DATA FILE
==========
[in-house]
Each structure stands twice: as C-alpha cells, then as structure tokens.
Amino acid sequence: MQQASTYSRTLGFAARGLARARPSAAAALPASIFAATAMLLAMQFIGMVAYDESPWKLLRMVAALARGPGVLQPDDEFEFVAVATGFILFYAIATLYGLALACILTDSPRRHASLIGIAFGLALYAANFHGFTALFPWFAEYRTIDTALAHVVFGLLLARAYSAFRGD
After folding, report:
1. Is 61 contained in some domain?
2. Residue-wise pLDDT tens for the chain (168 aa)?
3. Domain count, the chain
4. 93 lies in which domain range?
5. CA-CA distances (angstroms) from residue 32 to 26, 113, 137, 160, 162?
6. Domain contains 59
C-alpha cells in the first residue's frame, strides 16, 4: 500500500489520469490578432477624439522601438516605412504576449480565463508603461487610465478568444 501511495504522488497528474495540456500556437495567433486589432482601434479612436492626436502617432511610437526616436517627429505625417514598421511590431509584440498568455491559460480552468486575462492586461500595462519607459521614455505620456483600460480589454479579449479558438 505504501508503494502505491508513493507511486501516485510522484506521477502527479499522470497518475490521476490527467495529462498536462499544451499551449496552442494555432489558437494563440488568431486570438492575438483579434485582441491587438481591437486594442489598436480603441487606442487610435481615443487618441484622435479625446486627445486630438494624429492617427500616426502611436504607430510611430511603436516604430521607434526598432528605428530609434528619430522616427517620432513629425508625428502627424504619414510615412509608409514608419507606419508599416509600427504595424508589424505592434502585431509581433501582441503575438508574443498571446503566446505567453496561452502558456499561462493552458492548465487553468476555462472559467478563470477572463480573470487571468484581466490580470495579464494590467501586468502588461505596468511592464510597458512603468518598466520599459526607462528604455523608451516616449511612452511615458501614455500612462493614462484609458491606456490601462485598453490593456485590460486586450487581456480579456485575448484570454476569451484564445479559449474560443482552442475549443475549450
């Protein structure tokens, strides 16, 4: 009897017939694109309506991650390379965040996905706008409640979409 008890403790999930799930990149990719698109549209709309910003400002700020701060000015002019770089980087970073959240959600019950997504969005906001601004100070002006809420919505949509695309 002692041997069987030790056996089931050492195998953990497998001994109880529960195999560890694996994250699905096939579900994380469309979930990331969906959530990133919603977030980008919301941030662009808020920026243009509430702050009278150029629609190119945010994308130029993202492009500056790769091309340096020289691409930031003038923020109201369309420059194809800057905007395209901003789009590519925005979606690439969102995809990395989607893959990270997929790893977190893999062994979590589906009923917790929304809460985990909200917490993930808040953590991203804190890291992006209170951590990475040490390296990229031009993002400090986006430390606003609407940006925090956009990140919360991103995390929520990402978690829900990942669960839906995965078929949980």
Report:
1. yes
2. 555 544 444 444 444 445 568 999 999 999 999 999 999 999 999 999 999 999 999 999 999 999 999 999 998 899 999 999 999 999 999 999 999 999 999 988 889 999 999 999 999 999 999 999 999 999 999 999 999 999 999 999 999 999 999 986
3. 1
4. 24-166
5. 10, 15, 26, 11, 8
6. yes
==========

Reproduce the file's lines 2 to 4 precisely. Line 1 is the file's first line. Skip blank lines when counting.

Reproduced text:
Each structure stands twice: as C-alpha cells, then as structure tokens.
Amino acid sequence: MQQASTYSRTLGFAARGLARARPSAAAALPASIFAATAMLLAMQFIGMVAYDESPWKLLRMVAALARGPGVLQPDDEFEFVAVATGFILFYAIATLYGLALACILTDSPRRHASLIGIAFGLALYAANFHGFTALFPWFAEYRTIDTALAHVVFGLLLARAYSAFRGD
After folding, report: